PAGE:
Gravity Forms 2.7

With the new release of Gravity Forms 2.7 Beta, Gravity Forms there come a new template library and more. This is a biased review from someone who does not use Gravity Forms with the Wordpress block editor (heavy-feature update in the 2.7 version for those that do).
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Beta Rollout of Gravity Forms 2.7

With the release of Gravity Forms 2.7 (beta version for now), I got to see a brief glimpse into what the future of Gravity Forms holds. In a nutshell, it’s seemingly great for those of you using the standard WordPress Block Editor. But for myself, I use the page Editor Elementor which takes over the WYSIWYG styling and more.

I am aware that Gravity Forms integrates in with Elementor (when using the ‘Essential Addons’ plugin) but I don’t necessarily want to shell out $50/year for one or two features that I might not be able to alter via CSS myself. This is where I got excited about the gravity forms 2.7 template library.

Gravity Forms Template Library

Gravity forms now utilizes a template library that they are calling “Form Templates.” This is a great way to get your basic forms up and running, FAST. With template library, now appearing as a popup anytime you click ‘add a new form’ from within your WP dashboard, it’s easy to drop fields in and customize as needed (based on the template’s layout).

Don’t get me wrong, I love this way to get people going fast but it appears more of a skeleton rig that still needs some customization (and further HTML or CSS know-how). My bias is that I want to use as little CSS and HTML as necessary and have the form be the wizard behind-the-scenes.

I initially wanted to take a test run on the ‘request a quote’ form, as that’s what a good chunk of my business time goes towards (trying to shave off time spent emailing back and fourth and automizing the process) but it appears that there are some templates that are only available at a higher tier than I.

ecommerce form template example

Let’s take a look at an example ecommerce form template:

As you can see there are quite a few fields available for this particular template. There are quantities that tie in to a product calculation at the end of the form. What caught my eye in-particular was the three vertical images on the left sidebar. I thought they must be included in the ‘template’ (which I now come to understand that it’s not a theme per say but just that a design structure for the form fields).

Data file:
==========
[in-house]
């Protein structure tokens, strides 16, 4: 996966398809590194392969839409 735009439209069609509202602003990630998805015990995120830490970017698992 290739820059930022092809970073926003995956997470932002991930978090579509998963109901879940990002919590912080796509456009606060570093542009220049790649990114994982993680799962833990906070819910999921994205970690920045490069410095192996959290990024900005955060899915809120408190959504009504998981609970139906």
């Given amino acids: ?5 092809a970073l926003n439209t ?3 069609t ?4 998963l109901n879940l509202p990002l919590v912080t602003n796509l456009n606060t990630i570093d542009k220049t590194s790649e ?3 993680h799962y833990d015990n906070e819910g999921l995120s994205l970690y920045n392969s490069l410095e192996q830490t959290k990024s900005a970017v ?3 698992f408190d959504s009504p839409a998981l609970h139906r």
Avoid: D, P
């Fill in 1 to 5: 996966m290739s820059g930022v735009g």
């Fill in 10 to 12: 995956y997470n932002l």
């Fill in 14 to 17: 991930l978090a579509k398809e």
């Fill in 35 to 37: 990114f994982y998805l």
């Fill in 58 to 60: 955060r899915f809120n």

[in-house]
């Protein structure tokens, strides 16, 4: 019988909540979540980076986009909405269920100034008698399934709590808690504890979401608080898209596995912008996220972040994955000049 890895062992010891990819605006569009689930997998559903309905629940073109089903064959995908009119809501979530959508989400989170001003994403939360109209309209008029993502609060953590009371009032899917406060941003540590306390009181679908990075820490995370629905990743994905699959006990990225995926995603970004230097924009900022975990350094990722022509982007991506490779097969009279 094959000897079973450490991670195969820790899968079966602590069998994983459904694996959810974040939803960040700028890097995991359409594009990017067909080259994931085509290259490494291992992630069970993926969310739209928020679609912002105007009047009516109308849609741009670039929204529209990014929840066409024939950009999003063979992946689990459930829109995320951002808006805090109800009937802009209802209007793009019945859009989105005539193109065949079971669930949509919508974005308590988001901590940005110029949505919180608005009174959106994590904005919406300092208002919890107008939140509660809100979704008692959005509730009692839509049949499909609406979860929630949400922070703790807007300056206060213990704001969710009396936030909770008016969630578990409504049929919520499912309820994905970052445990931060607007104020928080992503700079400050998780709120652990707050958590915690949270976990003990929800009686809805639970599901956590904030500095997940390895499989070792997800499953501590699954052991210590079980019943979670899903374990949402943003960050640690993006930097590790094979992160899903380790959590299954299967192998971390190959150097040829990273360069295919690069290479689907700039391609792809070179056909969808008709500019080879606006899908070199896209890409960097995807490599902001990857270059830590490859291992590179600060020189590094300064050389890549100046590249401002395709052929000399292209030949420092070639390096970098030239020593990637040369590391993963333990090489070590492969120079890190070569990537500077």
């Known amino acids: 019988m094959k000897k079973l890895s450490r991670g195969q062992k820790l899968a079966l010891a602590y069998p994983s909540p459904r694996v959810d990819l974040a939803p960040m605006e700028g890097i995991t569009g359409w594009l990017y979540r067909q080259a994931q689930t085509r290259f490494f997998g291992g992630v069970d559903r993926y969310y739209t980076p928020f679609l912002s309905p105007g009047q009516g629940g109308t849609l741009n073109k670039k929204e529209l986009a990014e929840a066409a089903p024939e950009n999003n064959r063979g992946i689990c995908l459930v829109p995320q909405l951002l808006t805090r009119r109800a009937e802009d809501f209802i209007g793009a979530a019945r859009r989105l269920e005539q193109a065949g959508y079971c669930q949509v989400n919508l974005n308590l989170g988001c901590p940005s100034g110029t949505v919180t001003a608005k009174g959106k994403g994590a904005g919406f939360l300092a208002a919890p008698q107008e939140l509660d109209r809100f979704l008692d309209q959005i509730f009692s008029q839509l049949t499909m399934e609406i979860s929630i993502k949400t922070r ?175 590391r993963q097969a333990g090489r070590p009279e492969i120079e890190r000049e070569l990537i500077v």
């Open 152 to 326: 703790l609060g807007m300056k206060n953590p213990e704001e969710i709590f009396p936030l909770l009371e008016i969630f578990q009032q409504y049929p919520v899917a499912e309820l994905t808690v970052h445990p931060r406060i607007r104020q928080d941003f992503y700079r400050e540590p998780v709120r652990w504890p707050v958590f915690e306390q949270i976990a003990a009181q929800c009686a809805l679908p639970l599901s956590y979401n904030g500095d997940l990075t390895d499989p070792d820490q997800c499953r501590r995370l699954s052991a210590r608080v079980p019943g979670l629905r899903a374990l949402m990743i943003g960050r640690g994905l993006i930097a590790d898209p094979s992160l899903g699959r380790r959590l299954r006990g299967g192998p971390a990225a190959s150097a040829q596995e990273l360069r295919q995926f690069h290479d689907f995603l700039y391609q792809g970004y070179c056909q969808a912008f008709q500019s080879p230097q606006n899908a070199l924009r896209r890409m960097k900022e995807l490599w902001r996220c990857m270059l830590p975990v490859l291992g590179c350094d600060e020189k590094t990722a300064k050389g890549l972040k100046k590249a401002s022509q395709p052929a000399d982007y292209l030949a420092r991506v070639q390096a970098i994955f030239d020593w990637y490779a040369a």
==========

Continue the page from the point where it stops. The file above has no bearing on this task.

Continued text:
Upon further inspection of the gravity forms ecommerce layout, there is not even html with a source code for the image. Again, this is an instance where I know how to do it but I don’t want to take those 5 minutes to sort out my file management and separate out the URLs, I want fast and easy.

gravity forms setup wizard

The Gravity Forms installation walkthrough is quite neat actually. I’m a bit fan of the aesthetics, and besides the two initial questions about sharing data (I totally get it, you need the marketing data) the setup is nice.

new honeypot feature

Something Else that I’m interested In taking for a spin in the new release is the updated Honeypot (similar to a recaptcha for stopping spam). The form settings now allow us to choose what to do with spam, do we want to create an entry and mark it as spam? Or do we want to not create an entry at all and move along? The choice is yours of course but behind-the-scenes there’s more javascript going on to keep us secure.

It’s hard to see where the changes happen to us without knowledge of code, as all it renders to us is a new button in the form options tab.

Overall, I think it’s a great piece of software and I’ll continue using them for conditional logic forms. I will mention that I am planning to purchase the JetSloth Bundle during the Black Friday deal this year. Some of the main features that I look forward to integrating into my lead generation methods are the color-picker and collapsible tabs. All things that one previously could do with the right set of code (but I’m all for the front-end design route).

front-end gravity forms creativity

Overall, the gravity forms has the same functionality – you are still required to input a form title and description when starting a form (makes sense). Upon looking at the changelog I see that there are a good amount of changes to those who use the block editor, shown in the screenshot below:

Overall, I think it’s a great piece of software and I’ll continue using them for conditional logic forms. I will mention that I am planning to purchase the JetSloth Bundle during the Black Friday deal this year. Some of the main features that I look forward to integrating into my lead generation methods are the color-picker and collapsible tabs. All things that one previously could do with the right set of code (but I’m all for the front-end design route).

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